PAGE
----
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California Senate Chambers. (Photo: Kevin Sanders for California Globe)

Legislature’s Instructions on Bill Intent and Interpretation

The Legislature provides some context and historical background

By Chris Micheli, October 14, 2022 6:40 am

On occasion, in California legislation, the reader will find either a statement of legislative intent (e.g., “It is the intent of the Legislature to …) or legislative findings and declarations (e.g., “The legislature finds and declares that …).

In other instances, the reader will come across bill language about how the Legislature wants specific statutory language to be construed by either the executive branch administrative agency or the judicial branch of government. In these cases, the bill may have particular language to emphasize its intent or the manner in which the Legislature desires the bill to be interpreted. Of course, this raises the question whether that administrative agency or the judiciary will follow those legislative instructions.

What is an example of this additional language? The following is taken from a recently-enacted bill from the 2022 Legislative Session:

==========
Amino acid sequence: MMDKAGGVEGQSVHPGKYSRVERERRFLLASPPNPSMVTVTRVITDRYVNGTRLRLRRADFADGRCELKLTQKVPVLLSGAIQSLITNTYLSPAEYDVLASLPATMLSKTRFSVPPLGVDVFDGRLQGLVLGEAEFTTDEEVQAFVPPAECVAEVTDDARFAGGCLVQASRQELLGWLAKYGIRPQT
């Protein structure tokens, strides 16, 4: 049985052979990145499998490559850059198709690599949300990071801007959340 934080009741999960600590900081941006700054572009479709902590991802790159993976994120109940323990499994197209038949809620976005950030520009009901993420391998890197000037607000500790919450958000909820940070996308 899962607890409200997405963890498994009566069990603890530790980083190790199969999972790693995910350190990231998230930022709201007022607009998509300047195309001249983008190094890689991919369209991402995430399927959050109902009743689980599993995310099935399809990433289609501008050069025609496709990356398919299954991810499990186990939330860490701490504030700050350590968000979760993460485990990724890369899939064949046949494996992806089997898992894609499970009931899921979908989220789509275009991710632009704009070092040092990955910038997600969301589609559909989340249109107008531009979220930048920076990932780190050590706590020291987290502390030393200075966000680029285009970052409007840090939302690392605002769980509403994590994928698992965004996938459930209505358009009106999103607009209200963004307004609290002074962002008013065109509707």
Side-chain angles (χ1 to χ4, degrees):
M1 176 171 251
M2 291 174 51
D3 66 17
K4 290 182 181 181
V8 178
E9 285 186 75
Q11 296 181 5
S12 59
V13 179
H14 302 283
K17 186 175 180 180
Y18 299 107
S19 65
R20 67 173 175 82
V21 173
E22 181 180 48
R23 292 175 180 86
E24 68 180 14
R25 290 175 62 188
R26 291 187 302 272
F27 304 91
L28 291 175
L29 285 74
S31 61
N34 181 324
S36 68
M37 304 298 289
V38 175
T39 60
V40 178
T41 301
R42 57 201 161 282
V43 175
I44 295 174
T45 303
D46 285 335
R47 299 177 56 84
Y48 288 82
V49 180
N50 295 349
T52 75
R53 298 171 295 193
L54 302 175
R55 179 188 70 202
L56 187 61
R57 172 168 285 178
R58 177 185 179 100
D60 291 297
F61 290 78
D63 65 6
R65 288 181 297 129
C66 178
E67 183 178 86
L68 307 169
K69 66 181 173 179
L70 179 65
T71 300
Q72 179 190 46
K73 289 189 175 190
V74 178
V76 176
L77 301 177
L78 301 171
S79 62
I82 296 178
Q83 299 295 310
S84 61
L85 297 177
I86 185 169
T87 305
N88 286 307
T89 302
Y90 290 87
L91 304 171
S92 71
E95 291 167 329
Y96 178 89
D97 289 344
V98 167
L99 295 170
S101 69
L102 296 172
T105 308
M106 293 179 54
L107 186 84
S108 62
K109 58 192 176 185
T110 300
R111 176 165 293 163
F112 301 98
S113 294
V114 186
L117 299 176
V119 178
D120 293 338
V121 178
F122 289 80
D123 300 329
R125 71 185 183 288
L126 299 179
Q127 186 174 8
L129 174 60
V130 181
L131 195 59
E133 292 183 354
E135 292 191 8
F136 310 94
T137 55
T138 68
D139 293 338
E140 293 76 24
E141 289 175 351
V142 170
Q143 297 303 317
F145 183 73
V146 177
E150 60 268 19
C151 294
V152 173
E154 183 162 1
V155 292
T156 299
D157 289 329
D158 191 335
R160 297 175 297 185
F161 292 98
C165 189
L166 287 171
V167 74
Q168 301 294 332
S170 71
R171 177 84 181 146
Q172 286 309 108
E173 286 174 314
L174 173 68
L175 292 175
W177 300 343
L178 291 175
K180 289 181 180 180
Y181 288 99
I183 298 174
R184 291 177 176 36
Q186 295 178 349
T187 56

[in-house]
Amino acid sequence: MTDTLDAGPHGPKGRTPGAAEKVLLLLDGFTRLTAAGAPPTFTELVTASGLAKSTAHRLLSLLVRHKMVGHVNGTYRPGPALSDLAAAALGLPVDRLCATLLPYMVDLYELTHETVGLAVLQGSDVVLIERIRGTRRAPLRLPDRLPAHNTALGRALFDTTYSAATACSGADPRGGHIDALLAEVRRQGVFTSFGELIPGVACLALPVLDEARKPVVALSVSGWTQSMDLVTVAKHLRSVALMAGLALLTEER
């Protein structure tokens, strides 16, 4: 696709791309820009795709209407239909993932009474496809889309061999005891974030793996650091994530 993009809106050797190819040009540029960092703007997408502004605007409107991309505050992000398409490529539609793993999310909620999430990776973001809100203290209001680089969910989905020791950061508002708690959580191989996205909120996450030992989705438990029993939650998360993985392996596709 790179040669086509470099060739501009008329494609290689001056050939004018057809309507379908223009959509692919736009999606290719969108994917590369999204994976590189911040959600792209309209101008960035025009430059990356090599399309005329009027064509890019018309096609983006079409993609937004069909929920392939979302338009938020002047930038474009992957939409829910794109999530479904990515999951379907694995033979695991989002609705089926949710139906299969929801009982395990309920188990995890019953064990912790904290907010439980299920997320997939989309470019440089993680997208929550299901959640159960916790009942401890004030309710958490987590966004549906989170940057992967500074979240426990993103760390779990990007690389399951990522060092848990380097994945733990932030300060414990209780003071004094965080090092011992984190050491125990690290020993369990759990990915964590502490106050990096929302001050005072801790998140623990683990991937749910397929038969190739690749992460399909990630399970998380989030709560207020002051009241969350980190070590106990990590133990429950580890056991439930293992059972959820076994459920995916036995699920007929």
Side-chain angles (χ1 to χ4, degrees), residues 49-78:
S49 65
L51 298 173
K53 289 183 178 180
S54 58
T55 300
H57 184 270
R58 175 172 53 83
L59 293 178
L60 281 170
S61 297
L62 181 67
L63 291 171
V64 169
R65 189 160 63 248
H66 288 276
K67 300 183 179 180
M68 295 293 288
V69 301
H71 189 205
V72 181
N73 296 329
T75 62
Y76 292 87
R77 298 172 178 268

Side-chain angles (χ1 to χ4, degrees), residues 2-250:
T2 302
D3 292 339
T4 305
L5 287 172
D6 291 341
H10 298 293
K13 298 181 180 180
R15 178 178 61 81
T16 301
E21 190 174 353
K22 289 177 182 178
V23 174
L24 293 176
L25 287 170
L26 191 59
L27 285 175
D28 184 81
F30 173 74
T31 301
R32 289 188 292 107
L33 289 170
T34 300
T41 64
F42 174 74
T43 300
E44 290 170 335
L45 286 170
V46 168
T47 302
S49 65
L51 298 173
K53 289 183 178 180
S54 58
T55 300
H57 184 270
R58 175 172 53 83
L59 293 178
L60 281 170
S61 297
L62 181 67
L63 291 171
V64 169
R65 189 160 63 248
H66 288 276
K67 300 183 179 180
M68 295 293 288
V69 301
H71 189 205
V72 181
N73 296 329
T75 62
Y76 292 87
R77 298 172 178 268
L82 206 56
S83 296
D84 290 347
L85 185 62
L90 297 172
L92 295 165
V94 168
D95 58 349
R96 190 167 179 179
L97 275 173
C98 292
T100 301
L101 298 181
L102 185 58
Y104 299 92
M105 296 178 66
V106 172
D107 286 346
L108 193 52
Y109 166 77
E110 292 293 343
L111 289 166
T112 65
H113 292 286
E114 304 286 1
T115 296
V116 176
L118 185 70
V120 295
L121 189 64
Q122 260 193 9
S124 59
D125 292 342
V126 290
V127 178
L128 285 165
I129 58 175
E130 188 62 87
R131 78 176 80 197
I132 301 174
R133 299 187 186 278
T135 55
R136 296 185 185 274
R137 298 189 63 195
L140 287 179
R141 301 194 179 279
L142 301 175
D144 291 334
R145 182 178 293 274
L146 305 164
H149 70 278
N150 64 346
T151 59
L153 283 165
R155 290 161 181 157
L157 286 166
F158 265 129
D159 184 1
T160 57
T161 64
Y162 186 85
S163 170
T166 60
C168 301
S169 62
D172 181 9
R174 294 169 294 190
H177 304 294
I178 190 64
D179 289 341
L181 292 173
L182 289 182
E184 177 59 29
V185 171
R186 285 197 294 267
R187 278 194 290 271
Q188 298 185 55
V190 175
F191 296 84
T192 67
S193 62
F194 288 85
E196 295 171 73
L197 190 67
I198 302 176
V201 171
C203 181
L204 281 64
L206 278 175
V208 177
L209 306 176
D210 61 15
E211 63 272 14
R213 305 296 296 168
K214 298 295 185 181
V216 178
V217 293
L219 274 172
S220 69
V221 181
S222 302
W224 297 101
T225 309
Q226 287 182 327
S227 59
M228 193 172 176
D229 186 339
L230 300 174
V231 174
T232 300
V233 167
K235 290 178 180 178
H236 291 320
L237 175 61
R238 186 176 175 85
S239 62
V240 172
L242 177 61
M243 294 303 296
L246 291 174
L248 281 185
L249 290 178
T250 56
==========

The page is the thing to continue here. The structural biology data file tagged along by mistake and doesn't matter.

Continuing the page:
This act shall be construed to effectuate its legislative intent to support access to abortion in California and build upon California’s commitment to be a reproductive freedom state. The United States Supreme Court overturned the protections to access abortion under Roe v. Wade. For decades, abortion funds, abortion providers, and other community-based organizations have provided direct and indirect support to callers and patients with logistical and practical support needs. The purpose of this act ensures that people seeking abortion care have access to the logistical and practical support resources needed to diminish barriers to care. The purpose of this act and all of its provisions, with respect to the powers granted, shall be interpreted to effectuate that intent and those purposes to support organizations in California that provide support and resources to people seeking abortion.

In the above bill language, the first clause directs how the bill’s language is to be “construed”: It is “to effectuate [the bill’s] legislative intent to support access…” Here, the Legislature is clear and unambiguous in its desire – when interpreting any provisions of the bill, keep in mind the legislative intent as stated.

Thereafter, the Legislature provides some context and historical background to explain why it has enacted this particular bill and what they are trying to accomplish. Following that, in fact, the Legislature explains: “The purpose of this act …” Here, the Legislature clearly states its intended purpose of the bill.

The concluding sentence in this section of the bill again utilizes straightforward language to not only state an additional purpose of the bill, but also to explain how the Legislature expects the bill to be interpreted. Nonetheless, despite language that the act and its provisions “shall be interpreted” in the specified manner, that is not binding on the courts of administrative agencies.

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